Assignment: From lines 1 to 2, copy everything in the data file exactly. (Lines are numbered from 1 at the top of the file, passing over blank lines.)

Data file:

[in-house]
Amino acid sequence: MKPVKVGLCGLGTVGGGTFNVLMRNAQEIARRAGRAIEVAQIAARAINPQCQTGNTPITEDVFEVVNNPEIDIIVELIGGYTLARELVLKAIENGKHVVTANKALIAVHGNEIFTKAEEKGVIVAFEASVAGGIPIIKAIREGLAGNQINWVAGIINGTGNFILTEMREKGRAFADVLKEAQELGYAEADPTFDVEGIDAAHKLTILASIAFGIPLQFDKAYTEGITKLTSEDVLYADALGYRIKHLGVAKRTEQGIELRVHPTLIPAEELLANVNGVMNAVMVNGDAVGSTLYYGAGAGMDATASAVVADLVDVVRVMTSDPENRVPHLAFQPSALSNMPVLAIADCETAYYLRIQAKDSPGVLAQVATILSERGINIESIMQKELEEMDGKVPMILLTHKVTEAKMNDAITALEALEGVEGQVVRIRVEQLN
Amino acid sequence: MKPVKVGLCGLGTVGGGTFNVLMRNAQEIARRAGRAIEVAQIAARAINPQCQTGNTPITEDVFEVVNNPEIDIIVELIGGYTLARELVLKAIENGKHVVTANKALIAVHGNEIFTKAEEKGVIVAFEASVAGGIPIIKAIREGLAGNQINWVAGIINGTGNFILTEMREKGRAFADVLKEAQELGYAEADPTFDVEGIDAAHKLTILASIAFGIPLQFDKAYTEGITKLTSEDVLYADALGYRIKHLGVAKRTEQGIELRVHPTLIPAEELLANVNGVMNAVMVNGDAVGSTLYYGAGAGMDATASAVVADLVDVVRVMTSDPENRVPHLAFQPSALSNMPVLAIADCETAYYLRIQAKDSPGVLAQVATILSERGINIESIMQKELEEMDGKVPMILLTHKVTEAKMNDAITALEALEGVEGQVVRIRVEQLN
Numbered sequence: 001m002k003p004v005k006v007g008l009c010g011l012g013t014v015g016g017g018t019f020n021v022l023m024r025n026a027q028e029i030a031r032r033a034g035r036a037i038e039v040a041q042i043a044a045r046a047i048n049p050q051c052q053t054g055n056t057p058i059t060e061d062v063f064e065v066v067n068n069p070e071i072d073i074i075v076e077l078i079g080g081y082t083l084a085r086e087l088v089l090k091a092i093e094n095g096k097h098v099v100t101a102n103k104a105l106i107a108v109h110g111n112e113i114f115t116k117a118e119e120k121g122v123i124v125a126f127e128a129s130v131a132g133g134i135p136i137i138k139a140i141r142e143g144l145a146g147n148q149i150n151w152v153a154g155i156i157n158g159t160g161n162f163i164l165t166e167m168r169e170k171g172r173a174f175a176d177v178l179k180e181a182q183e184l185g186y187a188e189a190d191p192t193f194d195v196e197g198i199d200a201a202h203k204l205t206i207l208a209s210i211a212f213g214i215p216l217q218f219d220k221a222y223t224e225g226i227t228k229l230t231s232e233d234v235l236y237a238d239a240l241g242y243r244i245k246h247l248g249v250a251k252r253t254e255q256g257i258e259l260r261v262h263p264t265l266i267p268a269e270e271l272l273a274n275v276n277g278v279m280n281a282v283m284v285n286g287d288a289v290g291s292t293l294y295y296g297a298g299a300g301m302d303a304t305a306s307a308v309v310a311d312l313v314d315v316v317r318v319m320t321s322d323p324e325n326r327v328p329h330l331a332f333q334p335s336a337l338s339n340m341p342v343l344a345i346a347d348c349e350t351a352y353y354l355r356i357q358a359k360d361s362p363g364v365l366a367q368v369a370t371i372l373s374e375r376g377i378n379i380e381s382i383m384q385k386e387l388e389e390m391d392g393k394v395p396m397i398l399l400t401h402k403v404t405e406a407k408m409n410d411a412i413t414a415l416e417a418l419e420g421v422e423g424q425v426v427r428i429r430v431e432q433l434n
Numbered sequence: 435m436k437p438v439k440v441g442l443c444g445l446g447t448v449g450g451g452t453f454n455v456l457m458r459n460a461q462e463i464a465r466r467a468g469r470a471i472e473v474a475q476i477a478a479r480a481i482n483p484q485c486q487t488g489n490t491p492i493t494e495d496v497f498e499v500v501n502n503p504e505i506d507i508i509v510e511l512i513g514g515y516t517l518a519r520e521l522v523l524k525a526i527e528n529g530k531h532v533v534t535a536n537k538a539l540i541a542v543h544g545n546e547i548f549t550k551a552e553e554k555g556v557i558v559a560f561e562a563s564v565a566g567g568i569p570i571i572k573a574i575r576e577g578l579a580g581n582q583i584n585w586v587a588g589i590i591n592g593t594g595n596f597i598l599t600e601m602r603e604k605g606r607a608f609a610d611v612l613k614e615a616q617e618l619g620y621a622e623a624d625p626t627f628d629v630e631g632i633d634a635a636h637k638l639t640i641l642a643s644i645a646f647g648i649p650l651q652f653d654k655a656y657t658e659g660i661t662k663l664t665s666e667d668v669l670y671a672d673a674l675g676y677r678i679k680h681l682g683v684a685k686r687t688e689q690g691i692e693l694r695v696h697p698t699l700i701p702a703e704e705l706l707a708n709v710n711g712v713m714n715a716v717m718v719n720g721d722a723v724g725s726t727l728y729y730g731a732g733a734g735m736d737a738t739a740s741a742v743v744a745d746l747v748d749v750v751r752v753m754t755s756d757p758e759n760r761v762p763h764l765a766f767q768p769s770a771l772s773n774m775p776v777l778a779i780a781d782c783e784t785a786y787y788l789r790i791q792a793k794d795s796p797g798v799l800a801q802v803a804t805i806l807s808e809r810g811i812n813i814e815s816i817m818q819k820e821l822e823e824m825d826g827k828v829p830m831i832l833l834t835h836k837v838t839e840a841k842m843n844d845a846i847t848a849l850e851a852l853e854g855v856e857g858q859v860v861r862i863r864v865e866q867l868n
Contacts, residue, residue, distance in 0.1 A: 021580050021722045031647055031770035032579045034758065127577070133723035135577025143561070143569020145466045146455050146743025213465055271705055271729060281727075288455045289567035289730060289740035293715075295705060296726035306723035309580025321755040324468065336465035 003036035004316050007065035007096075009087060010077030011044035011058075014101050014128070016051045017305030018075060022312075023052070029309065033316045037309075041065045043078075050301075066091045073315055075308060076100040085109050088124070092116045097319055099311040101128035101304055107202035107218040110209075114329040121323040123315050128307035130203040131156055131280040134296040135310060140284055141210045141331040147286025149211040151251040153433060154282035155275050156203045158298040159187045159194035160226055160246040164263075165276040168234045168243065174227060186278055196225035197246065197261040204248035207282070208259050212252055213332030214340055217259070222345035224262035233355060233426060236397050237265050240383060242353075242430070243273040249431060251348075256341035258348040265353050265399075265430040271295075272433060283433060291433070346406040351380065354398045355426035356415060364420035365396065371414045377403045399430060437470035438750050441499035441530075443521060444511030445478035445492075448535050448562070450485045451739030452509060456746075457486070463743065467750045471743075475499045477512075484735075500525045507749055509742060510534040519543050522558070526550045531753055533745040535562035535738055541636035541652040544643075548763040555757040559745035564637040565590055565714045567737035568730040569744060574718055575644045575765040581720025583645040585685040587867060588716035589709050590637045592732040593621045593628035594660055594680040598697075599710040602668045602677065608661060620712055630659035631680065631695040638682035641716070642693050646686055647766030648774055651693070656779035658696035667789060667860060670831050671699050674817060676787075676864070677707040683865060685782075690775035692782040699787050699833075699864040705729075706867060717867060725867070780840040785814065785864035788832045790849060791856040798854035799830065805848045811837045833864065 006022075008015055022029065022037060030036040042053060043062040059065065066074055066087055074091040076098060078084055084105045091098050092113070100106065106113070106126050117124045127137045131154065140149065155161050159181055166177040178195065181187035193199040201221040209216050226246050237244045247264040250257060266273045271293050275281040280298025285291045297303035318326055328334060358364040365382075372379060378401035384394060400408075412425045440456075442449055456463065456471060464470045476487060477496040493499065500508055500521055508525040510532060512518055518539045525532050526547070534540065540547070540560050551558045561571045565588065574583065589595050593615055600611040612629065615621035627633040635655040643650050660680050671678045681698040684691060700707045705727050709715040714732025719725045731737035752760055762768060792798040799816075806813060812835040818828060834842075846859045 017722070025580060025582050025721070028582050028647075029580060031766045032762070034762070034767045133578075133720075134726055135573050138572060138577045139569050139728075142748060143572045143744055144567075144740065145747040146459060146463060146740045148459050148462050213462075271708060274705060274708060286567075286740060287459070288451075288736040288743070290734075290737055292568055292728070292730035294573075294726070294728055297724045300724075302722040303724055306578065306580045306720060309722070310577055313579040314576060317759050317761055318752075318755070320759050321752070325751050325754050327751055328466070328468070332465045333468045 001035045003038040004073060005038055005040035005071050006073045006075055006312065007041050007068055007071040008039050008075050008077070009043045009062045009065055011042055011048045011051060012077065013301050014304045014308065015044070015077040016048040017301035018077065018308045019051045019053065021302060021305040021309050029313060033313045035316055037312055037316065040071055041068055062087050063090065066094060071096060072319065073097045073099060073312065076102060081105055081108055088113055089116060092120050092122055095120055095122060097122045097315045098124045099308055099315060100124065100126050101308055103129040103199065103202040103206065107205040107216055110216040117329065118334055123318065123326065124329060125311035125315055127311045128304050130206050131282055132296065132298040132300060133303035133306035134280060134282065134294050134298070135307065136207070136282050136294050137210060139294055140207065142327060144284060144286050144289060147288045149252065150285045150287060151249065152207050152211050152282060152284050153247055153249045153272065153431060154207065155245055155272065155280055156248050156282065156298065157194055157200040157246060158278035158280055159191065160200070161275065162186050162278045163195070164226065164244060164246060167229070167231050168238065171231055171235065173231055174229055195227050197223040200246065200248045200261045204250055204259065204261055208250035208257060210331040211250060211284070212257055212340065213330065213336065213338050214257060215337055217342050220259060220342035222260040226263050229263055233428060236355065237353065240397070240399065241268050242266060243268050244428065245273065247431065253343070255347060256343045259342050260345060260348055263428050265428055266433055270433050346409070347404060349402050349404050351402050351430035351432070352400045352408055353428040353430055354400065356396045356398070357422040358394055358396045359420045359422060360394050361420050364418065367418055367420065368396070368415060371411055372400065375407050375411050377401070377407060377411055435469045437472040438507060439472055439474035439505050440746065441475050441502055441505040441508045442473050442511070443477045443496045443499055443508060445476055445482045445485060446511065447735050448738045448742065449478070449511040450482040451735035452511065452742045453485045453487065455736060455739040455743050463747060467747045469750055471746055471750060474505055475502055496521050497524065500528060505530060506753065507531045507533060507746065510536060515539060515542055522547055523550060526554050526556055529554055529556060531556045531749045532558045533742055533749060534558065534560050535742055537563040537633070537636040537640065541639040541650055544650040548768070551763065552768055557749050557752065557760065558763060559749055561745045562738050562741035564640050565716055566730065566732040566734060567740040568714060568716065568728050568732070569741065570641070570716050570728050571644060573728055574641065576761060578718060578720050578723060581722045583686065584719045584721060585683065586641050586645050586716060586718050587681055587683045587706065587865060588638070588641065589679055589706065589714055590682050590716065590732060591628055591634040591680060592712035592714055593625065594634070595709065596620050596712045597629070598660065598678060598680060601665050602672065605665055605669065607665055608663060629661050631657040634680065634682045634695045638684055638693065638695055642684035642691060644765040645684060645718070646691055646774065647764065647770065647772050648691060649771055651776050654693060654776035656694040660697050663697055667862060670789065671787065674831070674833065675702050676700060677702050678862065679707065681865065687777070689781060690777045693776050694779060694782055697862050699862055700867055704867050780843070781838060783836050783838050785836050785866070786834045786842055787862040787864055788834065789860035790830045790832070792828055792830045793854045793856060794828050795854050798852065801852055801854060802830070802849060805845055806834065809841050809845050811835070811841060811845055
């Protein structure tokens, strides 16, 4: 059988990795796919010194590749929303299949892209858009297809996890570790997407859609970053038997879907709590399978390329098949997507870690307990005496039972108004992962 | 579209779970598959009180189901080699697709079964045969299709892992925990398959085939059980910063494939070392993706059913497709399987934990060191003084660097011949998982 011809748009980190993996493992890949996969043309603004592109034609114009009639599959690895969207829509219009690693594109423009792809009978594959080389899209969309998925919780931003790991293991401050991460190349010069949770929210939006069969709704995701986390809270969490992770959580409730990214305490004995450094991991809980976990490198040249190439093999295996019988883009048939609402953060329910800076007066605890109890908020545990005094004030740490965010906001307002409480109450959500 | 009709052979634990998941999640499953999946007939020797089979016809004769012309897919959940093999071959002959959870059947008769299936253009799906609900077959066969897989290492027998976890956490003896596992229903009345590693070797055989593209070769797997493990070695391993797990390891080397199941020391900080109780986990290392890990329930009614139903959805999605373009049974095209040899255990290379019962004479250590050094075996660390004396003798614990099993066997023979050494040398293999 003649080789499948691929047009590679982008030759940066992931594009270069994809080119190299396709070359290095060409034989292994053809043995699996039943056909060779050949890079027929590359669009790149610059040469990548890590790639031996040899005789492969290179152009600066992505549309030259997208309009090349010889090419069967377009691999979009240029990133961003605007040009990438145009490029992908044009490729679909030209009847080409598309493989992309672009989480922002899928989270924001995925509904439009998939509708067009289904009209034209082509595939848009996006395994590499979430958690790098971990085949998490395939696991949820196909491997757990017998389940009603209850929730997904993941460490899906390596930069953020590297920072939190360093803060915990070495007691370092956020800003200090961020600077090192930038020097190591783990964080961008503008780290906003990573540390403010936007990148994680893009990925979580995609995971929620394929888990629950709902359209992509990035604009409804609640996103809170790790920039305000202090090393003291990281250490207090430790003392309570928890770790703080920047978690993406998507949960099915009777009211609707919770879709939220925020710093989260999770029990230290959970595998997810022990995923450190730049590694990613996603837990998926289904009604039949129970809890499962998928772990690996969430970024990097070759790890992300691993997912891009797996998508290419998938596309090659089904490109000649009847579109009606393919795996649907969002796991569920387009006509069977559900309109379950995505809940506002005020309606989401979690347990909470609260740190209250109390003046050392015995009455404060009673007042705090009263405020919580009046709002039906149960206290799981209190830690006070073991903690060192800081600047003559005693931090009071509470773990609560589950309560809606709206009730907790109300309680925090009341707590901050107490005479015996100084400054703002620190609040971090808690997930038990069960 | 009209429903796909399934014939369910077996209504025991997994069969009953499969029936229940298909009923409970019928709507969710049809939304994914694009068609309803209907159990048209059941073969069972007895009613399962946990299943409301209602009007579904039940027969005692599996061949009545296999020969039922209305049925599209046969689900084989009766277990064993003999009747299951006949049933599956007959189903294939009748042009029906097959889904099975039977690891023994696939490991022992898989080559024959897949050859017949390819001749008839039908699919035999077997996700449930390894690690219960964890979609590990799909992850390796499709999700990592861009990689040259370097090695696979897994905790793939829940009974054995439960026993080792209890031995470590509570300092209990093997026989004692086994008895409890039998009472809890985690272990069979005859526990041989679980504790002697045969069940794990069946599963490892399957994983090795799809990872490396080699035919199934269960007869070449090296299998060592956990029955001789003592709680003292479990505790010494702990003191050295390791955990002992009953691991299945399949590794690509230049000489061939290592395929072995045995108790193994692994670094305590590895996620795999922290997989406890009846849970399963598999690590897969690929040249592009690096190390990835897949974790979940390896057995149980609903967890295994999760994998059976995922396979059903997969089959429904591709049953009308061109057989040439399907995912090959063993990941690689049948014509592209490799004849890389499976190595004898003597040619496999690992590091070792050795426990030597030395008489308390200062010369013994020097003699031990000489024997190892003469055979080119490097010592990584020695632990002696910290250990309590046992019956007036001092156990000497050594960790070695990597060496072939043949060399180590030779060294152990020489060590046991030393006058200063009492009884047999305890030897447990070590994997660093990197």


[in-house]
Amino acid sequence: MKPVKVGLCGLGTVGGGTFNVLMRNAQEIARRAGRAIEVAQIAARAINPQCQTGNTPITEDVFEVVNNPEIDIIVELIGGYTLARELVLKAIENGKHVVTANKALIAVHGNEIFTKAEEKGVIVAFEASVAGGIPIIKAIREGLAGNQINWVAGIINGTGNFILTEMREKGRAFADVLKEAQELGYAEADPTFDVEGIDAAHKLTILASIAFGIPLQFDKAYTEGITKLTSEDVLYADALGYRIKHLGVAKRTEQGIELRVHPTLIPAEELLANVNGVMNAVMVNGDAVGSTLYYGAGAGMDATASAVVADLVDVVRVMTSDPENRVPHLAFQPSALSNMPVLAIADCETAYYLRIQAKDSPGVLAQVATILSERGINIESIMQKELEEMDGKVPMILLTHKVTEAKMNDAITALEALEGVEGQVVRIRVEQLN